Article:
Wednesday, September 20, 2006

Myspace, Meatspace, Anyspace ("Whatever"?)

Excerpt from an email from a prominent French critic to moi:
[...] makes me think first about Bergson's speculations on the body as "center of indetermination." If that is what you mean by the artist as unconscious medium whose nerve-scales "scintillate" when creating art in the passion of the moment, then your own blog-art (as you call it), specifically Passagen-Work, has special resonance for me. One can see in both the literary collage methodology of Benjamin's Passagen-Work and your own blog "remix" of Benjamin's sensibility, the teleportation of a kind of "digital Any-Space-Whatever" (to bastardize Deleuze), one that taps into the underlying potential of the "non-place place" of practice that de Certeau investigates when considering narrative, or every story, as a travel story. "Cut and past(e) as you go" you say, or perhaps quote DJ Spooky who I must admit I have never heard of. But your post-Burroughsian cut-up method, if I may call it that, especially in GRAMMATRON, though perhaps even more so in Passagen-Work (even though the former is so much more the epic than the latter!), points to the sustainable forms of écriture I still find possible, possible because they point to the cinematographic grammatization of the new media apparatus' creative potential (that word again!), which must make perfect sense to you since your own literary sensibility, like Benjamin before you, is playfully taking into account the way our bodies become contaminated by technicity itself and - through acts of unconscious mediation (?) - attempt to jam (like a jazz musician high on the adrenalin rush of live performance with overstimulated colleagues who push him to the limitless beyond!) - with the phenomenological dimensions of a spectatorial synthesis one cannot help but become while engaging in this process of infraempirical embodiment.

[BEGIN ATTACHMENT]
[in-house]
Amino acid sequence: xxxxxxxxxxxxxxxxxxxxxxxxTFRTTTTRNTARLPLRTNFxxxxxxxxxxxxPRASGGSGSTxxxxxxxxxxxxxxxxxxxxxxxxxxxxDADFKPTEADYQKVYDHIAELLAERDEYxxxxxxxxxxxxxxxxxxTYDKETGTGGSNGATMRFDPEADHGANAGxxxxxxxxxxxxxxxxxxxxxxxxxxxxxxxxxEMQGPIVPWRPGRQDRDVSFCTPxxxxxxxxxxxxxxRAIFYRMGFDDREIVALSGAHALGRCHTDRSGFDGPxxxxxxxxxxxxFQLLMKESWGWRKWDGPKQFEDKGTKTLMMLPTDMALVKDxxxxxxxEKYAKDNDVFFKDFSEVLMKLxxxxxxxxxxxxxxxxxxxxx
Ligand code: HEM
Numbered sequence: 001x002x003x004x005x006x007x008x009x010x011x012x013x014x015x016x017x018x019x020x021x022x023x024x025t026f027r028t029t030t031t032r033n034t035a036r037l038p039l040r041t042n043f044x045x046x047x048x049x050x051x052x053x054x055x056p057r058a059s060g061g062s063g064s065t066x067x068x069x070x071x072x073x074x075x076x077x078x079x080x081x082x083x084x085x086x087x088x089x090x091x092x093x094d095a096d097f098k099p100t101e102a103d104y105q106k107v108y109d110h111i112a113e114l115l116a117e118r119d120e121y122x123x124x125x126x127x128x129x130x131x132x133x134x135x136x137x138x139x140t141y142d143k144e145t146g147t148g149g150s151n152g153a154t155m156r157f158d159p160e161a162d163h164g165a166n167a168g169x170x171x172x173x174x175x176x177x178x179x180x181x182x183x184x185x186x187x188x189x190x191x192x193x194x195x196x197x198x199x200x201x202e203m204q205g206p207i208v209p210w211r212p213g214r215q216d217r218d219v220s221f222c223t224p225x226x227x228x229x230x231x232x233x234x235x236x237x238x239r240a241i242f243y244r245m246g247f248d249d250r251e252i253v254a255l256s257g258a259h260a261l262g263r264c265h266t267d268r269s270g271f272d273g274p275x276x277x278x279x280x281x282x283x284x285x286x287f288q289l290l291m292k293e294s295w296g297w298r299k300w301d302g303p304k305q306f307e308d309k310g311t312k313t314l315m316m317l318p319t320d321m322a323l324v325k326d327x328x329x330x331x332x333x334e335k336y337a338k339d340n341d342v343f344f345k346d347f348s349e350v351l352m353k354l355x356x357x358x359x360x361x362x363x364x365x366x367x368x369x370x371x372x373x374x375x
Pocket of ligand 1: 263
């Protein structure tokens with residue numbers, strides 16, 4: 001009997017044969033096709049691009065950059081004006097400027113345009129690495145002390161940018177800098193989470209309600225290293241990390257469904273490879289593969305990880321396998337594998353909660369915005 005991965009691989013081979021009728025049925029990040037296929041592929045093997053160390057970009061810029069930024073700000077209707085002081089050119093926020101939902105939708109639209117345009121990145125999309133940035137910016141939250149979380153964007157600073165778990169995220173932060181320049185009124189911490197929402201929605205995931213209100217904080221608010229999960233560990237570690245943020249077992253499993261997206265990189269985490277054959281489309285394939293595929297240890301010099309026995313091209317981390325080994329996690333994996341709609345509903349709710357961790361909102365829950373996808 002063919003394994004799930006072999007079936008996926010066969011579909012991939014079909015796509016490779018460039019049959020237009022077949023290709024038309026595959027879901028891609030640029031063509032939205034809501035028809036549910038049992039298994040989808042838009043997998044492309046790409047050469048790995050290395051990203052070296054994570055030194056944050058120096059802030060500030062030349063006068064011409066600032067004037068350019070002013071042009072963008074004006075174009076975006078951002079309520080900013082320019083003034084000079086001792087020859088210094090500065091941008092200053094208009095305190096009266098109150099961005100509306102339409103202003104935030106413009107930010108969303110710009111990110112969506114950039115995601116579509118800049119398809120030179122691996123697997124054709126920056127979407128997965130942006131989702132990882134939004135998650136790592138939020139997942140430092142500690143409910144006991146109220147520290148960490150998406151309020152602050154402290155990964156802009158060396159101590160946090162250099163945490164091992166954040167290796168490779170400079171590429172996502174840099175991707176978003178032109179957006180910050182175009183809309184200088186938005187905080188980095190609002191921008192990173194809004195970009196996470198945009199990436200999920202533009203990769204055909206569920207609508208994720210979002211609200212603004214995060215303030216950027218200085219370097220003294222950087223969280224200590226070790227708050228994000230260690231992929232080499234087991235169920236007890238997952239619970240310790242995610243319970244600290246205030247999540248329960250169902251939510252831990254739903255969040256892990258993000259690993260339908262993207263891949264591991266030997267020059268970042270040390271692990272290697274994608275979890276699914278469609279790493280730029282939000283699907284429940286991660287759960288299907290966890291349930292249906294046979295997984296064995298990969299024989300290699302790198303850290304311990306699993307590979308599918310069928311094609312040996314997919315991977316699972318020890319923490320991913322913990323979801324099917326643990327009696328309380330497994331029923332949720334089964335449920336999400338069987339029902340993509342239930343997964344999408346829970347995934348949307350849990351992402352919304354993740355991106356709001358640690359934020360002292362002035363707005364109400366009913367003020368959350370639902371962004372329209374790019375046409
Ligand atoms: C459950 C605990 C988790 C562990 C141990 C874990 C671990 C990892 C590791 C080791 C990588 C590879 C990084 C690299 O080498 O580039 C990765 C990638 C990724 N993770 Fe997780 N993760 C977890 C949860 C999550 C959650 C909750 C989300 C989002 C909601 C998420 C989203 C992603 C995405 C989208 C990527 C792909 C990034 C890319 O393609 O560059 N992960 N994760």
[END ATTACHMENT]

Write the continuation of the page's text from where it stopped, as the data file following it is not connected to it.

While I must admit I never exactly thought of my early or recent net art work in these terms, I do see why a good deal of my work resonates with those who love to flirt with the ideas of post-structuralism and everything that has and will come after it. It's true that when making GRAMMATRON (soon to celebrate its 10-year anniversary) I was well aware of the fact that academia was becoming totally hot over the connection between hypertext and deconstruction, and that even in the title itself, I was locating a memorable neologism that suggested a link between Derrida's "Of Grammatology" and the machinic aspects of recombinatory writing's unconscious apparatus. Still, GTRON, and Passagen-Work some nine years after it (and with many net art works, museum installations, artist writings, and VJ performances in between), were never about the narrativization or aestheticization of a particular theory. For that, you can follow some of the work of N. Katherine Hayles (for example, Writing Machines , which I admit I have not yet read) who has found electronic texts much more accessible to the flirtations of academic theory (some might go so far as to say that these electronic texts were designed ("dressed up"?) for theoretical readings). Non, Le GRAMMATRON is much more about the influence of the rival tradition in literature and as part of its investigation looks to see what happens when this non-tradition tradition finds itself unconsciously using "cyberspace" as its metamediumistic co-conspirator in the act of creative composition. This metamediumistic tendency in the rival tradition of literature goes way back (Sterne's "Tristram Shandy" seems most relevant here), but also includes my own writer friends like Sukenick, Federman, and Acker, as well as my undergrad teacher Robbe-Grillet, some of the cyberpunkers, and yes, Burroughs.

Benjamin is another story altogether.

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